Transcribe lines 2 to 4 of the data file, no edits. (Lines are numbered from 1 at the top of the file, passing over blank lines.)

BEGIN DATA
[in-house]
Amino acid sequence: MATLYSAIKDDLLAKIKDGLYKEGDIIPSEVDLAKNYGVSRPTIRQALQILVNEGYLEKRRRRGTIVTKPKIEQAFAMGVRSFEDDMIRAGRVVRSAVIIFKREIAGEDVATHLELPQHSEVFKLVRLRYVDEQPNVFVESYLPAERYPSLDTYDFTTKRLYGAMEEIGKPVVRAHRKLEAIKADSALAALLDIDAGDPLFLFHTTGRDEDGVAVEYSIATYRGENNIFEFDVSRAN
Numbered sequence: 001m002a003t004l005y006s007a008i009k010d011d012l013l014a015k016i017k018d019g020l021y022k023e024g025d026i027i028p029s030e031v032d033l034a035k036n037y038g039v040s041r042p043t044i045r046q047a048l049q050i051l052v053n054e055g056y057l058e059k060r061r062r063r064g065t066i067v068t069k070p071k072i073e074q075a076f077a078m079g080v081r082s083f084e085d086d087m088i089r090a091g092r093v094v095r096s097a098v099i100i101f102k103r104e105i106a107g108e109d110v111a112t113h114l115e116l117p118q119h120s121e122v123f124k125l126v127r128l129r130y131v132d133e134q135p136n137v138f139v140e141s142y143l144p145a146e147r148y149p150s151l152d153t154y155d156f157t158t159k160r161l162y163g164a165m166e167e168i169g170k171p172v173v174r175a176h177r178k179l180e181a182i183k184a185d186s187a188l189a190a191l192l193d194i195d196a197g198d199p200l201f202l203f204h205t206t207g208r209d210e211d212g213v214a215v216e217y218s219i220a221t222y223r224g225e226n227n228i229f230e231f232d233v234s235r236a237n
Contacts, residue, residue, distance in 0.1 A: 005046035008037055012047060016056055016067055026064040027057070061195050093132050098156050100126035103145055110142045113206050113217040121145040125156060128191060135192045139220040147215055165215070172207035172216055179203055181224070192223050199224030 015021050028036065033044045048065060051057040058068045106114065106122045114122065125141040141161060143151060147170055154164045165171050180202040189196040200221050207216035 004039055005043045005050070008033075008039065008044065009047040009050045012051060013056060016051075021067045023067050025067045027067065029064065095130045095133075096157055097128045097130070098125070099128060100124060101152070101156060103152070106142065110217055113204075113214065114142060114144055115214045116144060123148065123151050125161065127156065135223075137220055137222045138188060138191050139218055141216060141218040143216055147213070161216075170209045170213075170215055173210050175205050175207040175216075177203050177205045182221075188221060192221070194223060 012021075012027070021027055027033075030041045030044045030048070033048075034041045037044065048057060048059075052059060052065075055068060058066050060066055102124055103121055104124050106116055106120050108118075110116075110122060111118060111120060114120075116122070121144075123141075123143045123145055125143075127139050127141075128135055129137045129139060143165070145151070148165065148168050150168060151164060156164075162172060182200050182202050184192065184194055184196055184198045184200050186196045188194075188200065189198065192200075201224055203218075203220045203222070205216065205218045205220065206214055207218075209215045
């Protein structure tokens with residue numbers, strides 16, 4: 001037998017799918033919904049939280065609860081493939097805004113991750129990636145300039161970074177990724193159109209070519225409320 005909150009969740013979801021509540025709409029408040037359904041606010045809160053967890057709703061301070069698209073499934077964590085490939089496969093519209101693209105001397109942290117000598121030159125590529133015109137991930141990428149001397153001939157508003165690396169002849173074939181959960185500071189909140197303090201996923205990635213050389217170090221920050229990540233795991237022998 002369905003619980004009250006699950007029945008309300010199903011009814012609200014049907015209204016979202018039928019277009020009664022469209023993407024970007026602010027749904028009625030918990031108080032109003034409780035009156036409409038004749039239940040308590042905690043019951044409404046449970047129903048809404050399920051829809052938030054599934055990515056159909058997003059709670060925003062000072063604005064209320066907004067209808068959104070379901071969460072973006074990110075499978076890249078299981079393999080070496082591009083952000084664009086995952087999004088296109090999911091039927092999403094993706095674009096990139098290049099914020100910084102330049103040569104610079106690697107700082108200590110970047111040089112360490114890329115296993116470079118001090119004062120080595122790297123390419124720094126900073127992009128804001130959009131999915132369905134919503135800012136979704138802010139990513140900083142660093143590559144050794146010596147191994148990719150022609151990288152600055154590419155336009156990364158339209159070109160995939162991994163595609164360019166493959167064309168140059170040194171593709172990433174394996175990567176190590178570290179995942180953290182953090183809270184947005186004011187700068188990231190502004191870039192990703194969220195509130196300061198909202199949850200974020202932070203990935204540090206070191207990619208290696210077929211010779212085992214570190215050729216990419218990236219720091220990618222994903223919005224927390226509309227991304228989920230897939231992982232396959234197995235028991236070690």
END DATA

Amino acid sequence: MATLYSAIKDDLLAKIKDGLYKEGDIIPSEVDLAKNYGVSRPTIRQALQILVNEGYLEKRRRRGTIVTKPKIEQAFAMGVRSFEDDMIRAGRVVRSAVIIFKREIAGEDVATHLELPQHSEVFKLVRLRYVDEQPNVFVESYLPAERYPSLDTYDFTTKRLYGAMEEIGKPVVRAHRKLEAIKADSALAALLDIDAGDPLFLFHTTGRDEDGVAVEYSIATYRGENNIFEFDVSRAN
Numbered sequence: 001m002a003t004l005y006s007a008i009k010d011d012l013l014a015k016i017k018d019g020l021y022k023e024g025d026i027i028p029s030e031v032d033l034a035k036n037y038g039v040s041r042p043t044i045r046q047a048l049q050i051l052v053n054e055g056y057l058e059k060r061r062r063r064g065t066i067v068t069k070p071k072i073e074q075a076f077a078m079g080v081r082s083f084e085d086d087m088i089r090a091g092r093v094v095r096s097a098v099i100i101f102k103r104e105i106a107g108e109d110v111a112t113h114l115e116l117p118q119h120s121e122v123f124k125l126v127r128l129r130y131v132d133e134q135p136n137v138f139v140e141s142y143l144p145a146e147r148y149p150s151l152d153t154y155d156f157t158t159k160r161l162y163g164a165m166e167e168i169g170k171p172v173v174r175a176h177r178k179l180e181a182i183k184a185d186s187a188l189a190a191l192l193d194i195d196a197g198d199p200l201f202l203f204h205t206t207g208r209d210e211d212g213v214a215v216e217y218s219i220a221t222y223r224g225e226n227n228i229f230e231f232d233v234s235r236a237n
Contacts, residue, residue, distance in 0.1 A: 005046035008037055012047060016056055016067055026064040027057070061195050093132050098156050100126035103145055110142045113206050113217040121145040125156060128191060135192045139220040147215055165215070172207035172216055179203055181224070192223050199224030 015021050028036065033044045048065060051057040058068045106114065106122045114122065125141040141161060143151060147170055154164045165171050180202040189196040200221050207216035 004039055005043045005050070008033075008039065008044065009047040009050045012051060013056060016051075021067045023067050025067045027067065029064065095130045095133075096157055097128045097130070098125070099128060100124060101152070101156060103152070106142065110217055113204075113214065114142060114144055115214045116144060123148065123151050125161065127156065135223075137220055137222045138188060138191050139218055141216060141218040143216055147213070161216075170209045170213075170215055173210050175205050175207040175216075177203050177205045182221075188221060192221070194223060 012021075012027070021027055027033075030041045030044045030048070033048075034041045037044065048057060048059075052059060052065075055068060058066050060066055102124055103121055104124050106116055106120050108118075110116075110122060111118060111120060114120075116122070121144075123141075123143045123145055125143075127139050127141075128135055129137045129139060143165070145151070148165065148168050150168060151164060156164075162172060182200050182202050184192065184194055184196055184198045184200050186196045188194075188200065189198065192200075201224055203218075203220045203222070205216065205218045205220065206214055207218075209215045